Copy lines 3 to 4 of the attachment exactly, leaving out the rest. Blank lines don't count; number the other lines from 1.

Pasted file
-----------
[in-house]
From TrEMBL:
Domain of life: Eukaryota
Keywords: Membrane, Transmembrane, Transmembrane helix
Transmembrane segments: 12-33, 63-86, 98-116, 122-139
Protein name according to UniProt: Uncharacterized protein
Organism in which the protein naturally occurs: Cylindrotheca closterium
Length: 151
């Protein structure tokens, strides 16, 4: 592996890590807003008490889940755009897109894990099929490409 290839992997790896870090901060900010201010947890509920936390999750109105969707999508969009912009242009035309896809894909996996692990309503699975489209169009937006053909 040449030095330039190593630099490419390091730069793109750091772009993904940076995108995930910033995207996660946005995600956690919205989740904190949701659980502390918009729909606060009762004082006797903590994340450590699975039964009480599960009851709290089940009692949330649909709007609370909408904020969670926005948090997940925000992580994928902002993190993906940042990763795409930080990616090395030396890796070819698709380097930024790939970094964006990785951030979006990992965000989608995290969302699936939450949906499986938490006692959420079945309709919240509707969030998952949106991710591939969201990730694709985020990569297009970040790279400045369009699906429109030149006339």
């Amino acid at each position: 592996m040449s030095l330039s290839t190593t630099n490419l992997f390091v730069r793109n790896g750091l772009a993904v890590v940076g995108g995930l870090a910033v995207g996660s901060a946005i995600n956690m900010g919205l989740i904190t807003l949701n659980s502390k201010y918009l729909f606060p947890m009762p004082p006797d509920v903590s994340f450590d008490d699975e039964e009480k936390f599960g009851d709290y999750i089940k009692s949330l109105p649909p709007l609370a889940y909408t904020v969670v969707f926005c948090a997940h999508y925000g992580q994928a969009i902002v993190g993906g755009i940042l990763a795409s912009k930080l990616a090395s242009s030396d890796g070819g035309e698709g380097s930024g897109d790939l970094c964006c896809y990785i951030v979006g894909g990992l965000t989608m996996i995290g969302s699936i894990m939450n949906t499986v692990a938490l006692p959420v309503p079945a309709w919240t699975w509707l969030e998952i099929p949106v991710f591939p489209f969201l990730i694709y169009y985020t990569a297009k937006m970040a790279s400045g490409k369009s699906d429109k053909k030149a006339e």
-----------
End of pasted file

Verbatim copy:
Domain of life: Eukaryota
Keywords: Membrane, Transmembrane, Transmembrane helix